search iconcross icon


Fatigue is a feeling of tiredness or exhaustion. It's a common problem for people with cancer and many people with cancer may feel fatigued at some time and this is called cancer-related fatigue. It may be caused by the cancer itself, the symptoms associated with cancer or a side effect of treatment.

The following videos demonstrate fatigue from two different patient's perspectives. Denton, Ruth and Faye describe what struggling with fatigue meant to them and how they managed to combat the effects to regain their function and quality of life.

It can be difficult to deal with when you are already trying to cope with a cancer and you may feel very tired or exhausted all or most of the time.

Cancer related fatigue is different from the tiredness that someone without cancer may get. People with cancer may get tired more quickly after less activity. Their fatigue may not be helped by rest or sleep. For most people, fatigue gets better after treatment finishes. But for some it may continue for months or sometimes years. Everyone is different and there is no way to know how long fatigue may last for each person.

It is important to tell the health care professionals you are involved with about your fatigue and how it makes you feel. There may be things they can do to help.

Effects of Fatigue

Some of the more common effects of fatigue include:

• difficulty doing simple things, such as brushing your hair or getting dressed

• feeling you have no energy or strength

• difficulty concentrating and remembering things

• difficulty thinking, speaking or making decisions

• feeling breathless after light activity

• feeling dizzy or lightheaded

• difficulty sleeping (insomnia)

• losing interest in sex

• feeling low in mood and more emotional than usual.

Having one or more of these effects can affect your daily activities or social life. For example, finding it hard to concentrate may affect your work or studies. Fatigue can also affect your relationships. You may need to rest more, meaning you might spend less time with friends and family or you may avoid going out or being with friends because it makes you very tired.

Causes of fatigue

The cancer itself

This might be because of the symptoms of cancer. For example, parts of your body may be swollen because the cancer has caused a build-up of fluid. This can make them feel heavy and it can be difficult to move around. Cancers that cause changes in hormone levels, such as breast or prostate cancer, may cause fatigue. Cancer may also affect the levels of cytokines in the body. Cytokines are a type of protein made in the body. They help control some of the things that cells do. Studies show that cytokine levels can be higher in people with cancer-related fatigue than in people without it. This may cause some symptoms such as tiredness.

Cancer treatments

It is thought that fatigue may happen after having cancer treatment because; the body needs extra energy to repair and heal, there is a build-up of chemicals as the cancer cells are destroyed, the body’s immune system is affected.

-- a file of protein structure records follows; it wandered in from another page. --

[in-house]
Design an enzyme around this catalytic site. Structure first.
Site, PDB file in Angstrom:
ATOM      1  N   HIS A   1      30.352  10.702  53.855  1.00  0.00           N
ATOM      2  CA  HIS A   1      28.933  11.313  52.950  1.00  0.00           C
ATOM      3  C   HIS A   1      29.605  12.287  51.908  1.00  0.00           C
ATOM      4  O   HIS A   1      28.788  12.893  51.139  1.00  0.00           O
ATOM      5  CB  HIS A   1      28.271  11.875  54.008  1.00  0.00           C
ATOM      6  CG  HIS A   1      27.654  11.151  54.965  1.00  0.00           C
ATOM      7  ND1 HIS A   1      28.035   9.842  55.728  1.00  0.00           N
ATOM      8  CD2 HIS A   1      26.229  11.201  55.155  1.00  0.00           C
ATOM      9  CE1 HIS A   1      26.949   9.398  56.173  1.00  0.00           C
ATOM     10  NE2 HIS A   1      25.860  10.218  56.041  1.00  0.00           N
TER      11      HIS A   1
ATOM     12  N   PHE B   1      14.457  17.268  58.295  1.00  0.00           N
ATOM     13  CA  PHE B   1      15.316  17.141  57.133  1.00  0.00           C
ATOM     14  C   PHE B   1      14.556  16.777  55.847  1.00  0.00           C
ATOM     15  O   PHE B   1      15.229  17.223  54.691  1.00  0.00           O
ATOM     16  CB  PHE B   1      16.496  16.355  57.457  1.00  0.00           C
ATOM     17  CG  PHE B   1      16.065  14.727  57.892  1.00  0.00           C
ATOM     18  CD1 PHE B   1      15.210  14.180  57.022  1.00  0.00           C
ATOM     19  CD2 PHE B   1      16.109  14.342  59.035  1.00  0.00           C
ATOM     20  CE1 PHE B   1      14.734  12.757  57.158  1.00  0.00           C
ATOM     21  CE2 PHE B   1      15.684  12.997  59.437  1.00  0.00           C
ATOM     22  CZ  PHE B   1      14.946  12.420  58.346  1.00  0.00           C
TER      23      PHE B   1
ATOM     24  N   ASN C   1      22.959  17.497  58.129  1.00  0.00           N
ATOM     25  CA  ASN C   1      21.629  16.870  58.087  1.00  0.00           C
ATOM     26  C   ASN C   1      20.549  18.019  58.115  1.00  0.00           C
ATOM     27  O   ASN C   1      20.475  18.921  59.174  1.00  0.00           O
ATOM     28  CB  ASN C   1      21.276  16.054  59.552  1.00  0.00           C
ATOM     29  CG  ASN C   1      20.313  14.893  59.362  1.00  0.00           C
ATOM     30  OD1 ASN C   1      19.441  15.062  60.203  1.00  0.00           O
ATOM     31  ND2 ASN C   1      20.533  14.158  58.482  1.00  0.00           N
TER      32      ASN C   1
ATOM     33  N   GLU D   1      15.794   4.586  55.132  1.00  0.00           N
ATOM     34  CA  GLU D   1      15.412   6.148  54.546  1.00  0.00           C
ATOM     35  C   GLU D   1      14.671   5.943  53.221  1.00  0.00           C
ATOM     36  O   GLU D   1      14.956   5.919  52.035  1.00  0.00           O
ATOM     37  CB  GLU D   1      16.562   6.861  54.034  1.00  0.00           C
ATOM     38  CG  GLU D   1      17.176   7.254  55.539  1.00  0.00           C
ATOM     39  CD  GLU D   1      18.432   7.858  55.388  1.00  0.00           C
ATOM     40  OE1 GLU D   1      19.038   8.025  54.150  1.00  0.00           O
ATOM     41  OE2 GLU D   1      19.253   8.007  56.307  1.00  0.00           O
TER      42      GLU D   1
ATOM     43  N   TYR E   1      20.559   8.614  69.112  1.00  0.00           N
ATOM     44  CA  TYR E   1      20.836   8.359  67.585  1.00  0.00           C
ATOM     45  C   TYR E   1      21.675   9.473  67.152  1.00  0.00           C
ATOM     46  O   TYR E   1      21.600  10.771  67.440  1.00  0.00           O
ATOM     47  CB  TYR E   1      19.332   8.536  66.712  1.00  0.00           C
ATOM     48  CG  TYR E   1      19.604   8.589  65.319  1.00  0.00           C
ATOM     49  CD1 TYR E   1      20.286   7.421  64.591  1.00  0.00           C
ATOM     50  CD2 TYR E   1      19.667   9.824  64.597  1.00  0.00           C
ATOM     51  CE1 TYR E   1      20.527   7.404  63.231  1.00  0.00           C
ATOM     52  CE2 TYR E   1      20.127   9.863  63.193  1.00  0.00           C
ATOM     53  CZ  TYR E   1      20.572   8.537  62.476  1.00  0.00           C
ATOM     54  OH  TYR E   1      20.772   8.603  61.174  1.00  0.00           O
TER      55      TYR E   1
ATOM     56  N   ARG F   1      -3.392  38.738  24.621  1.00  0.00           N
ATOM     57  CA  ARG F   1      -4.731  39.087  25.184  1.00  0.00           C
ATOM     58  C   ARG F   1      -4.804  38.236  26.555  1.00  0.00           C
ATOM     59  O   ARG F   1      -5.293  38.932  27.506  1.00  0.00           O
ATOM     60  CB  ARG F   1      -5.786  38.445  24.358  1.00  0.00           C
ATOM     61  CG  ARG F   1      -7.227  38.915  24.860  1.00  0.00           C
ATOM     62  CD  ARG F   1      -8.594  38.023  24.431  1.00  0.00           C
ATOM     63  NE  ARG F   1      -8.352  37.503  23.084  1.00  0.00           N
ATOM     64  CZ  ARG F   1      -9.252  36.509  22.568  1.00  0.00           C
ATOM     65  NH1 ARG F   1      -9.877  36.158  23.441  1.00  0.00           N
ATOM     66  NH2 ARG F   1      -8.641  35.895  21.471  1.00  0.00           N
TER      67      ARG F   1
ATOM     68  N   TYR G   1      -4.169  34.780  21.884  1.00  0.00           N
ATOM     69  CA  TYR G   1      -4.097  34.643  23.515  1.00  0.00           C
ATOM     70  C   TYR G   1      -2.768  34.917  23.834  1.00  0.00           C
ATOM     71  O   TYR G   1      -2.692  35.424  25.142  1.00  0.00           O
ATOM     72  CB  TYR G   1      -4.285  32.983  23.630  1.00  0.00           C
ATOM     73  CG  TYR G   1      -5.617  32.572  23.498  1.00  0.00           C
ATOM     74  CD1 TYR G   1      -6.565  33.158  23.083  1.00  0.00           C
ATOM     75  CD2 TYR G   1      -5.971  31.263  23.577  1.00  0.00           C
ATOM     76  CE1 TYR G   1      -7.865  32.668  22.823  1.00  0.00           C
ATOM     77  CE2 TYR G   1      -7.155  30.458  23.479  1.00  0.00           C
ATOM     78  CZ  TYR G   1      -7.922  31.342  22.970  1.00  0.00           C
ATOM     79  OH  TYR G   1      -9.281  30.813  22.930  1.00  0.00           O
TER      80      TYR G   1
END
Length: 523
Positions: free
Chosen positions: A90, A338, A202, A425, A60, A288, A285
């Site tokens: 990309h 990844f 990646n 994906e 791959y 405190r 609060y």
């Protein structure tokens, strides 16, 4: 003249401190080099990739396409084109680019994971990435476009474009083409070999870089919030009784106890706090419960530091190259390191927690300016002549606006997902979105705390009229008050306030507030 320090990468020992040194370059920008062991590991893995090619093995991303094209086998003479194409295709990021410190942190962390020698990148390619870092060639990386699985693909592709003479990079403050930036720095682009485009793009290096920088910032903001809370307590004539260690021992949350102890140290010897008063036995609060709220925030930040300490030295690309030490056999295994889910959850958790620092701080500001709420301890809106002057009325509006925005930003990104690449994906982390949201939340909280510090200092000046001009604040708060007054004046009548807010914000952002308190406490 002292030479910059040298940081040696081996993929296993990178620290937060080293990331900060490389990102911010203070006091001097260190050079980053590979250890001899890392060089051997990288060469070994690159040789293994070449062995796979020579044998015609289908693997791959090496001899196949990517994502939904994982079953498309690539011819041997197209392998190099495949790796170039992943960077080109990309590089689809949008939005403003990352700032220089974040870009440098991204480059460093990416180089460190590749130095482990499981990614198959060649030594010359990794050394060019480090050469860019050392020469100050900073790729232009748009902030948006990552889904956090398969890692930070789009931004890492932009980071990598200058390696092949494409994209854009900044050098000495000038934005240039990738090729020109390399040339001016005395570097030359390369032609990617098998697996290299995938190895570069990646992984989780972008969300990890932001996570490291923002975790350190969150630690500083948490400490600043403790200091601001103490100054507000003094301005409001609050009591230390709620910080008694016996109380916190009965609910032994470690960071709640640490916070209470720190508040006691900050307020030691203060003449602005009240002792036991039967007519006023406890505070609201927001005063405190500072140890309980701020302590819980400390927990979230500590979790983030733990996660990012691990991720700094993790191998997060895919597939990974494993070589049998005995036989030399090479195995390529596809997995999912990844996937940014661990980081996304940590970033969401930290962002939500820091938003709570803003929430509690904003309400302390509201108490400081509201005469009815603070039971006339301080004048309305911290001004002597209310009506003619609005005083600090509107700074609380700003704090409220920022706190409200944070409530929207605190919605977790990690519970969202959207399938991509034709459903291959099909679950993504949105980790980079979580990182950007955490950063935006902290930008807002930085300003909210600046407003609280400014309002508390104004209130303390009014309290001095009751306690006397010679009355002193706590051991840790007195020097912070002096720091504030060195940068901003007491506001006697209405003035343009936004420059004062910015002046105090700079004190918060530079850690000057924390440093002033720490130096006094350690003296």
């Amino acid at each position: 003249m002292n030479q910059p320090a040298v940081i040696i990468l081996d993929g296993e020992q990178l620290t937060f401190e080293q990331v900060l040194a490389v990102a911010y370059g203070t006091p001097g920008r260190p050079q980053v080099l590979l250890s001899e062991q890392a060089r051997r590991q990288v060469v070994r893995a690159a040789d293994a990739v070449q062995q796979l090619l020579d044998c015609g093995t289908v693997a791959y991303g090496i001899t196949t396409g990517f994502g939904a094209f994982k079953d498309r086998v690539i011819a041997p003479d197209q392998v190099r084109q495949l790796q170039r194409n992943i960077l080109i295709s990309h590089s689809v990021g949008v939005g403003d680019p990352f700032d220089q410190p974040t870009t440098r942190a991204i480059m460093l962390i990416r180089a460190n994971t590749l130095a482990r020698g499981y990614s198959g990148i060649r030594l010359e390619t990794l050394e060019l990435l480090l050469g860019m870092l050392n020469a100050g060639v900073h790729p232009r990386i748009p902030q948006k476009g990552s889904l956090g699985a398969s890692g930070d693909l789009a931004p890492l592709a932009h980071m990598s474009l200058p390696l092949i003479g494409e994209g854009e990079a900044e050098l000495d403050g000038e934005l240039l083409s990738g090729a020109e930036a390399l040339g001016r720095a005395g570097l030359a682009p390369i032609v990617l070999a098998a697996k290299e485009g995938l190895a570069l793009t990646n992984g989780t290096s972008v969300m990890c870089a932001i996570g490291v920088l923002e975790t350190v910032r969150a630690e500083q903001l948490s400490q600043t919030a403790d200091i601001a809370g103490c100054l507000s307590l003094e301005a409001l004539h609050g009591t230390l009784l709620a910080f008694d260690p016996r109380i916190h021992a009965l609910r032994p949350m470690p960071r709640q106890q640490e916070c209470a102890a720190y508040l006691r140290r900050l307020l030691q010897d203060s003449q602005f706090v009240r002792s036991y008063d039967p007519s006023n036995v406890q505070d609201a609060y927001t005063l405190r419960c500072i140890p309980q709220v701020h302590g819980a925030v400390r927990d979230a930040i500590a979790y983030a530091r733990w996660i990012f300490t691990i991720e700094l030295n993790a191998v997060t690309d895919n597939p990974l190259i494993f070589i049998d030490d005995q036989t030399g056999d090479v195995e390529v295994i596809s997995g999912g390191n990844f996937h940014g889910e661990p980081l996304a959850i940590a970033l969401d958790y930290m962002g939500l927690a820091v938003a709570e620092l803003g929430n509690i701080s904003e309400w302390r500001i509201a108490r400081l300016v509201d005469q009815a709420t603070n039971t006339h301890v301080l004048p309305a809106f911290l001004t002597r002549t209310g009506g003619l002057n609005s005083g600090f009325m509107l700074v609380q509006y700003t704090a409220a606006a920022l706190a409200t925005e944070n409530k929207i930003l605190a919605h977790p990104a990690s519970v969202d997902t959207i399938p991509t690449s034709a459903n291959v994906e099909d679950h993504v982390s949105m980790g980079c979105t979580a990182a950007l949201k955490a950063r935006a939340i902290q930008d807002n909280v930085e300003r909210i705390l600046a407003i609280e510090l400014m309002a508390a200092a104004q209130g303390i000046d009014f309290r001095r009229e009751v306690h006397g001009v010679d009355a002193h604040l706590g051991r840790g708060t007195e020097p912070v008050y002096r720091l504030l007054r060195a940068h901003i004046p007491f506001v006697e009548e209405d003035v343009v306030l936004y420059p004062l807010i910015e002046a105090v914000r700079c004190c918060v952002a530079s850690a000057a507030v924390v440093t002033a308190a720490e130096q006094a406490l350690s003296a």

Surgery - Many people feel tired after surgery and need to avoid doing too much for a while. This effect does not usually last long. However, some types of surgery may cause continuing problems with fatigue. For example, surgery to the stomach may cause problems with absorbing food. Not being able to absorb nutrients from food can affect your energy levels.

Chemotherapy - is the use of anti-cancer (cytotoxic) drugs to destroy cancer cells. It is often given in cycles a few weeks apart. Some people feel most fatigued in the first few days after chemotherapy. They then find it gets better for a while before the next cycle. The fatigue may increase with each treatment.

Radiotherapy - is the use of high-energy rays to destroy cancer cells. Often, people feel more fatigued as the treatment goes on. Fatigue caused by chemotherapy or radiotherapy usually improves after treatment, but sometimes it can become a long-term problem.

Hormone therapy – these can stop or slow down the growth of some cancer cells and some reduce the levels of particular hormones in the body. Other types prevent the hormones being absorbed by cancer cells. This therapy is often given for several years and can cause fatigue.

Targeted (biological) therapy - uses substances that target the growth of cancer cells and these can cause fatigue.


You may feel tired because the cancer has reduced the number of red blood cells. Red blood cells are made in your bone marrow. They contain haemoglobin which carries oxygen to cells. If the haemoglobin level goes down and cells are not getting enough oxygen, you are likely to feel very tired.

Eating problems

Our bodies get energy from the food we eat. Fatigue can happen if the body does not get enough food, or if there are changes to the way the body is able to use the food. If you have cancer, this can happen because: 

  • you cannot eat the same amount of food as you normally would
  • your body needs more energy than it did before
  • your body may not be able to absorb and use all the nutrients from the food.

You may lose weight even if you are eating a lot, because of the effect of the cancer on the body.